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First Command Reports: Career concerns easing in military families

First Command Financial Behaviors Index® reveals drop in near-term job security concerns among middle-class military families

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FORT WORTH, Texas – Near‐term career concerns appear to be easing in America’s career military families, where worries over defense downsizing have been a persistent drag on feelings of job security.

May results of the First Command Financial Behaviors Index® reveal that 48 percent of middle-class military families (senior NCOs and commissioned officers in pay grades E-5 and above with household incomes of at least $50,000) are concerned about their job security in the coming months. That’s down from a record high of 59 percent in September 2015. The year-to-date average is 47 percent, down slightly from 52 percent for the fourth quarter and 54 percent for 2015.

“This recent drop in job security concerns may be driven in part by news reports about members of Congress calling for the Army to add personnel, reversing the cuts of recent years,” said Scott Spiker, CEO of First Command Financial Services, Inc. “While the down tick is welcome news, it may not last as critics of the proposal have already noted that lawmakers have yet to permanently resolve the deep across-the-board cuts to defense and other federal spending called sequestration. Notably, we’ve not seen a downturn in sequestration worries. Seven in ten survey respondents report anxiety about cuts to defense spending and three quarters expect to be financially affected by them. We’ll continue to watch these key measures closely in the months ahead.”

Broader career‐related concerns continue to show up when survey respondents identify the various ways that sequestration may impact their households. In the May survey, 28 percent of military families said they were less likely to be promoted. And 24 percent of military families pointed to an increased likelihood to experience early separation or not serve to full retirement.

Other impacts of sequestration reported by career service members and their families include:

  • Increased responsibility for healthcare costs (38 percent)
  • Reduction in annual pay increases (38 percent)
  • Reduction in retirement benefits (34 percent)
  • Reduction in housing, clothing, food and other personal expense benefits (32 percent)
  • Reduction in education benefits (29 percent)
  • Reduction in Basic Allowance for Housing (28 percent)
  • Decrease in discretionary income for non‐essentials (24 percent)
  • BRAC (Base Realignment and Closure Commission) will force relocation (14 percent)

Many military families are dealing with their sequestration‐related concerns through an intensified focus on frugal living. When asked how they are handling sequester cuts, survey respondents indicated they are:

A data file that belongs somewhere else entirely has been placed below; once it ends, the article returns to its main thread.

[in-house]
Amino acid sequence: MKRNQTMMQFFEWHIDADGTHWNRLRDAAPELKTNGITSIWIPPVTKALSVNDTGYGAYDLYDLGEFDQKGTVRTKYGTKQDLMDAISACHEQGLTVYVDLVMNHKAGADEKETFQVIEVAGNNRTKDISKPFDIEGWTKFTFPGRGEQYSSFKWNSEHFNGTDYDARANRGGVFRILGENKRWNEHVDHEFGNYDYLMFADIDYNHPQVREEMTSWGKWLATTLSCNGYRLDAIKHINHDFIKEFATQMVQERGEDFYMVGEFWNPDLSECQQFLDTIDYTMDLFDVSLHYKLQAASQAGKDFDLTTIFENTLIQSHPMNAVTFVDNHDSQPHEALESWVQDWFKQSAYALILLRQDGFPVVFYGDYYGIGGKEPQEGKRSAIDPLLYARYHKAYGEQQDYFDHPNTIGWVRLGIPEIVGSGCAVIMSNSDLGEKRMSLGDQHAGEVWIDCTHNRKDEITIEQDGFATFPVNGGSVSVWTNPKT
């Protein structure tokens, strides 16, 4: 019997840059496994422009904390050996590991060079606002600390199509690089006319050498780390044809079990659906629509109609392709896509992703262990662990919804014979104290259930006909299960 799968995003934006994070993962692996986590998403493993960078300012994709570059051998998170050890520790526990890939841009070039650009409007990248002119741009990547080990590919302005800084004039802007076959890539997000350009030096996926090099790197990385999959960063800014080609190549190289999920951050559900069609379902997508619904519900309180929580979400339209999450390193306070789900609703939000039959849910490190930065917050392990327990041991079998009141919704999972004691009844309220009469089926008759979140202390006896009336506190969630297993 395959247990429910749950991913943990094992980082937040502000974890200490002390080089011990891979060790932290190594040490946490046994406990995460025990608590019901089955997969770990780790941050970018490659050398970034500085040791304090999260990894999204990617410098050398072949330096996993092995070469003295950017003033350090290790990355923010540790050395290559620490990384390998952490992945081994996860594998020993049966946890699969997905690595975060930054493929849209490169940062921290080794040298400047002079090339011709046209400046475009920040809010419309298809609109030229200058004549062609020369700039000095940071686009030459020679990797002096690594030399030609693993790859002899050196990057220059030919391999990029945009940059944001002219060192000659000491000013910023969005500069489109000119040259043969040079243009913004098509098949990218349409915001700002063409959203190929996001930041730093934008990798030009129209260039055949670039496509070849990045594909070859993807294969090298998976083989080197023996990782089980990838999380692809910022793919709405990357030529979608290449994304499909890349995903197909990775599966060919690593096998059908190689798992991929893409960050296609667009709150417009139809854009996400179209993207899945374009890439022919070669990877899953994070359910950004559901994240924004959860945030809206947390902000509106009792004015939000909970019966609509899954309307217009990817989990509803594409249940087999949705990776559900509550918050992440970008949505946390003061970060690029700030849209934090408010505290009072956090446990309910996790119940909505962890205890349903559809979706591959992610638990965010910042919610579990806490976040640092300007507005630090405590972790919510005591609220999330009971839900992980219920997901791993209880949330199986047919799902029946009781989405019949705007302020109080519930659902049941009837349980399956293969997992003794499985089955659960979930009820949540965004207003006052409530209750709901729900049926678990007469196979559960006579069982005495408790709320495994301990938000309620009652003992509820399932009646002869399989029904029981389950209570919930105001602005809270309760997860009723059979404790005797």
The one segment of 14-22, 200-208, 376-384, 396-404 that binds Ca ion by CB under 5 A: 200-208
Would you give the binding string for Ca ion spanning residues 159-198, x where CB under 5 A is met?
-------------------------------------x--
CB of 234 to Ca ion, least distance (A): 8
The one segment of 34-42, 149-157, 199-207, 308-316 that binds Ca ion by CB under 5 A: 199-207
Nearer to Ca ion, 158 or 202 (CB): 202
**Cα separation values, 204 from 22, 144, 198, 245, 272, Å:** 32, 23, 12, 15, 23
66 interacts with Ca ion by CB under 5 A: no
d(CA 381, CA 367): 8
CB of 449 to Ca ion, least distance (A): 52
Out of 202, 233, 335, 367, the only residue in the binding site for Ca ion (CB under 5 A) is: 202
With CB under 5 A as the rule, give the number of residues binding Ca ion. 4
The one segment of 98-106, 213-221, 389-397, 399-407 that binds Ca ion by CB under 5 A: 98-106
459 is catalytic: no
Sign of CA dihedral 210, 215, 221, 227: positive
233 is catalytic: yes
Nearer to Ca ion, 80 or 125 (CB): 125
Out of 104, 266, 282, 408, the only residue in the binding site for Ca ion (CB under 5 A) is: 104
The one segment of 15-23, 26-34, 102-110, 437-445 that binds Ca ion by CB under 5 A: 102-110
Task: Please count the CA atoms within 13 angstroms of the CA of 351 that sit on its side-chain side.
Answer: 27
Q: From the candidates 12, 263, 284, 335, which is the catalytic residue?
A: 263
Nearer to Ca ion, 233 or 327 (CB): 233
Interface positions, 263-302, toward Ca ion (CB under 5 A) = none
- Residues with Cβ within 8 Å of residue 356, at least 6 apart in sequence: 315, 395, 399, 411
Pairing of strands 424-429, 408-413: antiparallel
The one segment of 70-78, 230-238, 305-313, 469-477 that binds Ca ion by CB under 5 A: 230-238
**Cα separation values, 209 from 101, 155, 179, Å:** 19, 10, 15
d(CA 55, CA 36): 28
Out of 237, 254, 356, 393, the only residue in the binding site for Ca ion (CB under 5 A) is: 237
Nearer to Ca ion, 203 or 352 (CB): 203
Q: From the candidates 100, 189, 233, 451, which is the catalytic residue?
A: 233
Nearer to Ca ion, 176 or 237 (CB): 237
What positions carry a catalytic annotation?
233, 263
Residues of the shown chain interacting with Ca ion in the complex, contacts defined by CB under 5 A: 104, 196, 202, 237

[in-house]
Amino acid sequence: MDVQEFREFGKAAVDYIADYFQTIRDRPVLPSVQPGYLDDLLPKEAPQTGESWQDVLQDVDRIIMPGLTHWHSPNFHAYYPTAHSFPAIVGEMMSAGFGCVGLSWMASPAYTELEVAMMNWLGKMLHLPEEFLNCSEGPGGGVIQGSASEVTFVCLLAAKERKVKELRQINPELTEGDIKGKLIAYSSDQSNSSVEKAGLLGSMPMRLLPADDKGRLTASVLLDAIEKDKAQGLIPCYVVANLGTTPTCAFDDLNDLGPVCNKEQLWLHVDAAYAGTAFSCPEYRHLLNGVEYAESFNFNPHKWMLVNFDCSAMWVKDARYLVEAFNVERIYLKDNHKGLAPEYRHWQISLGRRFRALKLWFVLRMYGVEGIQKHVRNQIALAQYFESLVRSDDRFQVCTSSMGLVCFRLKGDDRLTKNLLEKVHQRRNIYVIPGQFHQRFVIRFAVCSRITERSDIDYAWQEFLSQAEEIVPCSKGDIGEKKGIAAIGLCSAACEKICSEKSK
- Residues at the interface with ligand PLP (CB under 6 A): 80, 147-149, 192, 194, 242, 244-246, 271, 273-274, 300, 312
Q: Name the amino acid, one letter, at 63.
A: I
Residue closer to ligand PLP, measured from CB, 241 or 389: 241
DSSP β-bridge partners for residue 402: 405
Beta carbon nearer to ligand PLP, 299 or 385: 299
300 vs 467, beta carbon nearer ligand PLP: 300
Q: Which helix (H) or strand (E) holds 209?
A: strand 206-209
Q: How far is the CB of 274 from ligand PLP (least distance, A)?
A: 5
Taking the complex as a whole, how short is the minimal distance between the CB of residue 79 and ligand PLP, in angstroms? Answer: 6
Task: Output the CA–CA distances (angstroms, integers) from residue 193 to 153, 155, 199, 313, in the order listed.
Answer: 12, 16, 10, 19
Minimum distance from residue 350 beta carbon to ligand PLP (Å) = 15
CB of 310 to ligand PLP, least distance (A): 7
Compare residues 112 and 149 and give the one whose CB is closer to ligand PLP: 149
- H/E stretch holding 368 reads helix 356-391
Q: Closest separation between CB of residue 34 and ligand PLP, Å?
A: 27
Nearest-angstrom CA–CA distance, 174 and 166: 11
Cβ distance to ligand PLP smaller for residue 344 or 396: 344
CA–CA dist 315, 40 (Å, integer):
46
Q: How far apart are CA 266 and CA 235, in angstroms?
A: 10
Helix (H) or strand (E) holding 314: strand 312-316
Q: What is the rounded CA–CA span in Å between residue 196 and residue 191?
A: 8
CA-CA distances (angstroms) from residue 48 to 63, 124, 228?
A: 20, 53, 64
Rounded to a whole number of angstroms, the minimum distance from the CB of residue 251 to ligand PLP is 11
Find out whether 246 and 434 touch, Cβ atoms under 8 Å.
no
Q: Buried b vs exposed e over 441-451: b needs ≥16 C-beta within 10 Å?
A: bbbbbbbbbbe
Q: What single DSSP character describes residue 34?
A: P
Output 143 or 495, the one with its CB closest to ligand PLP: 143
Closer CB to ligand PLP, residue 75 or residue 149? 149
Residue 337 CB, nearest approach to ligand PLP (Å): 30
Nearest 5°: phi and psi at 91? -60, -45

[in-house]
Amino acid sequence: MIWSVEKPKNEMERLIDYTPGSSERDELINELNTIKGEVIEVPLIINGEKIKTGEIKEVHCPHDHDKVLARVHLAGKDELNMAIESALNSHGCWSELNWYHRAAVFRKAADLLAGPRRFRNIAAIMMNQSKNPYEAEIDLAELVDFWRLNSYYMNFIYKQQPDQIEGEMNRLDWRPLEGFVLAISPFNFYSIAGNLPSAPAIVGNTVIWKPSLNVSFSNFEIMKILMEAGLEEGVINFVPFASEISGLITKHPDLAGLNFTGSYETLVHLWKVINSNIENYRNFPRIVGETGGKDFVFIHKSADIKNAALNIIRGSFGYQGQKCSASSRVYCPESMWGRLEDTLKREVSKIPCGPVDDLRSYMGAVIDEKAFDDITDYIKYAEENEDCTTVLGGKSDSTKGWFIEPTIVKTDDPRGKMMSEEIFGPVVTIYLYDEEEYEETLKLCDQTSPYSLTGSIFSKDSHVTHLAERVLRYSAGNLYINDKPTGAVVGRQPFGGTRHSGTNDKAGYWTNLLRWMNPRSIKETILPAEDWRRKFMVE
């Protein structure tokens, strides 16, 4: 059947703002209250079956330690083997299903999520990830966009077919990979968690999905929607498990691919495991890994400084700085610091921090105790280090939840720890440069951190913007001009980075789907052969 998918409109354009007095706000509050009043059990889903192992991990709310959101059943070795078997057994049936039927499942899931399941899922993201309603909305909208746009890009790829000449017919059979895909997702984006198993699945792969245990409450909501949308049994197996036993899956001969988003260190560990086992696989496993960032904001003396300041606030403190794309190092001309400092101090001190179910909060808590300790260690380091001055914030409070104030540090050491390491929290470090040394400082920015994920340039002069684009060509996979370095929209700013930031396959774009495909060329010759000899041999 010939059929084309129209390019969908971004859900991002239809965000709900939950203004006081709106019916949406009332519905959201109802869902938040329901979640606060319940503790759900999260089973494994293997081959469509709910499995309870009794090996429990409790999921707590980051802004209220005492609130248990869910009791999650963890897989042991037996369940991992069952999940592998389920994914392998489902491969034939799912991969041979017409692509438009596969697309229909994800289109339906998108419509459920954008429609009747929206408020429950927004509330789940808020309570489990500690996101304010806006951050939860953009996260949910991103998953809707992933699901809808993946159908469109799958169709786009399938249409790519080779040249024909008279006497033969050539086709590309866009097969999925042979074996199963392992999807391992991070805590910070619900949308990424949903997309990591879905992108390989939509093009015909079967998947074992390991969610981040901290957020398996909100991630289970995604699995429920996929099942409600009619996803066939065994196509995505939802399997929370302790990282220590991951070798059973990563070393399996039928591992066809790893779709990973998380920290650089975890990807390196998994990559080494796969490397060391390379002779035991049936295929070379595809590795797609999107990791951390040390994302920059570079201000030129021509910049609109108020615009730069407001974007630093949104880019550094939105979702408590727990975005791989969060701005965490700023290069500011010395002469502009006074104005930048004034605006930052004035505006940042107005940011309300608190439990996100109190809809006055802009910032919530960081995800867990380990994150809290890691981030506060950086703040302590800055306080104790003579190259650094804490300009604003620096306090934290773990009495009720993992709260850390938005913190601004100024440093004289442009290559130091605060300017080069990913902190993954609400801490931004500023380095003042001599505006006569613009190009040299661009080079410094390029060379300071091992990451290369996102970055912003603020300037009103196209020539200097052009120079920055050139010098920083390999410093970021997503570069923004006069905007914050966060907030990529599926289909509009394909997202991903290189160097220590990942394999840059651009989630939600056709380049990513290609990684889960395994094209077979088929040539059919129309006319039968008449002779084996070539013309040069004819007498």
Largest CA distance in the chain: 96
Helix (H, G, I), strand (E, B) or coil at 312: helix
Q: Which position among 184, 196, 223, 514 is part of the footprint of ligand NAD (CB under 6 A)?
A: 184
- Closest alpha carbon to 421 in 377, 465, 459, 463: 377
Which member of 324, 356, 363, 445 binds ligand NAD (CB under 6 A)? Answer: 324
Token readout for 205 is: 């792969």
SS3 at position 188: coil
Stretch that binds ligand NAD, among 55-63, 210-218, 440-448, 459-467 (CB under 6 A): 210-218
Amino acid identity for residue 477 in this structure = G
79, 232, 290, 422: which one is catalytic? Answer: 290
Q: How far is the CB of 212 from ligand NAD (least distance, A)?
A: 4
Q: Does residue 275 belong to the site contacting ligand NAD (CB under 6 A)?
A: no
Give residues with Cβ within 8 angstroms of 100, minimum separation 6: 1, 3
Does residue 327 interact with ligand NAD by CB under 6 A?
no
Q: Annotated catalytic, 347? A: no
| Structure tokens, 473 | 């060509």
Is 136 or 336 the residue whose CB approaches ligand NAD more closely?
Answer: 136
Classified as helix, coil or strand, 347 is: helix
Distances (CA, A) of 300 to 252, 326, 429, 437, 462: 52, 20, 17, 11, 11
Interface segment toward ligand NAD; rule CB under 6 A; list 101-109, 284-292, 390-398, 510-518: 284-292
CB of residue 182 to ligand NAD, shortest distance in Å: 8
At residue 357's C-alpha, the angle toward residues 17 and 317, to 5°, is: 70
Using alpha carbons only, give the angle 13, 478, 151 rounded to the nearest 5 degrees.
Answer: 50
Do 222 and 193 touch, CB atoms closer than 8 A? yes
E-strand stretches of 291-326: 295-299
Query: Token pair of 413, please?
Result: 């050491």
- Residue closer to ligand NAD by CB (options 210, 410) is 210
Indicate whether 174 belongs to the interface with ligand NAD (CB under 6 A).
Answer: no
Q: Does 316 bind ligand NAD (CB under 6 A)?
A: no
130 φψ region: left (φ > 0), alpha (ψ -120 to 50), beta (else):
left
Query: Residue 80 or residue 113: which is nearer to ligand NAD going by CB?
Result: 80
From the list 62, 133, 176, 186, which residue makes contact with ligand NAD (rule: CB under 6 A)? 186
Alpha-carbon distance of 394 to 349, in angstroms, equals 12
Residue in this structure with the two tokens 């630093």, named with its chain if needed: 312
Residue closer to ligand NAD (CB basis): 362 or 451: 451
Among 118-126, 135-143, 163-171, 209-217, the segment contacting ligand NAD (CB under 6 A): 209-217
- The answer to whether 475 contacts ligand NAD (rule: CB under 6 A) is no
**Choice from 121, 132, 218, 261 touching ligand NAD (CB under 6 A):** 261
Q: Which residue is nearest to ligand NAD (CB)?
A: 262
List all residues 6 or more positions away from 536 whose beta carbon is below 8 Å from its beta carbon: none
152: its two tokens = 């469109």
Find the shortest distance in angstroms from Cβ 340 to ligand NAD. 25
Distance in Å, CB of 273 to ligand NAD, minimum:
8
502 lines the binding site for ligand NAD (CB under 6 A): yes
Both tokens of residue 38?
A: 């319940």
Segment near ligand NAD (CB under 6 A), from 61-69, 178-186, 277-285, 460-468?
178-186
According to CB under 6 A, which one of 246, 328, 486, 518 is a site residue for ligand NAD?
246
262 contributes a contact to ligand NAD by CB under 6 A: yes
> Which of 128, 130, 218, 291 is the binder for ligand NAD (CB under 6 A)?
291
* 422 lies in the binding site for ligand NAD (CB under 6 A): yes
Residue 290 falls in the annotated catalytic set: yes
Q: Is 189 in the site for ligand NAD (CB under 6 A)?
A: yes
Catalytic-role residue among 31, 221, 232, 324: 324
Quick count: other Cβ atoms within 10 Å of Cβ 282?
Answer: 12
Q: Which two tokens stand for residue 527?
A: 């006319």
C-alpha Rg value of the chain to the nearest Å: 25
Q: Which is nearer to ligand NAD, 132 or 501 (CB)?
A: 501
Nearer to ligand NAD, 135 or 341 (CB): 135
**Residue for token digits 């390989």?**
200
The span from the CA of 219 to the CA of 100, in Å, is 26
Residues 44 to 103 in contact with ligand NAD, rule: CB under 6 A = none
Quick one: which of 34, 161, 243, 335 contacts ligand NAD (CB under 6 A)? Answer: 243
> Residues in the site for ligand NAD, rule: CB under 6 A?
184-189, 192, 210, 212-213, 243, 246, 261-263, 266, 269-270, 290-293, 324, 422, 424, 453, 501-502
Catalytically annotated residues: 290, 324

• Cutting back on everyday spending (52 percent)
  • Increasing the amount they are saving (48 percent)
  • Starting to work with a financial advisor (25 percent)

“Working with a financial advisor is an ideal way to deal with the fiscal uncertainties of defense downsizing and sequestration,” Spiker said. “Advisors can help service member families develop strong financial behaviors to address concerns involving military pay, benefits and career viability. Over the coming months we expect to see even more military families seek out trusted professionals to help them get their household finances squared away.”

About First Command Financial Behaviors Index®

Compiled by Sentient Decision Science, Inc., the First Command Financial Behaviors Index® assesses trends among the American public’s financial behaviors, attitudes and intentions through a monthly survey of approximately 530 U.S. consumers aged 25 to 70 with annual household incomes of at least $50,000. Results are reported quarterly. The margin of error is +/- 4.3 percent with a 95 percent level of confidence. Financial Behaviors Index

About Sentient Decision Science, Inc.

Sentient Decision Science was commissioned by First Command to compile the Financial Behaviors Index®. SDS is a behavioral science and consumer psychology consulting firm with special vertical expertise within the financial services industry. SDS specializes in advanced research methods and statistical analysis of behavioral and attitudinal data.

About First Command

First Command Financial Services and its subsidiaries, including First Command Bank and First Command Financial Planning, assist American families in their efforts to build wealth, reduce debt and pursue their lifetime financial goals and dreams—focusing on consumer behavior as the first and most powerful determinant of results. Through knowledgeable advice and coaching of the financial behaviors conducive to success, First Command Financial Advisors have built trustworthy, lasting relationships with hundreds of thousands of client families since 1958.


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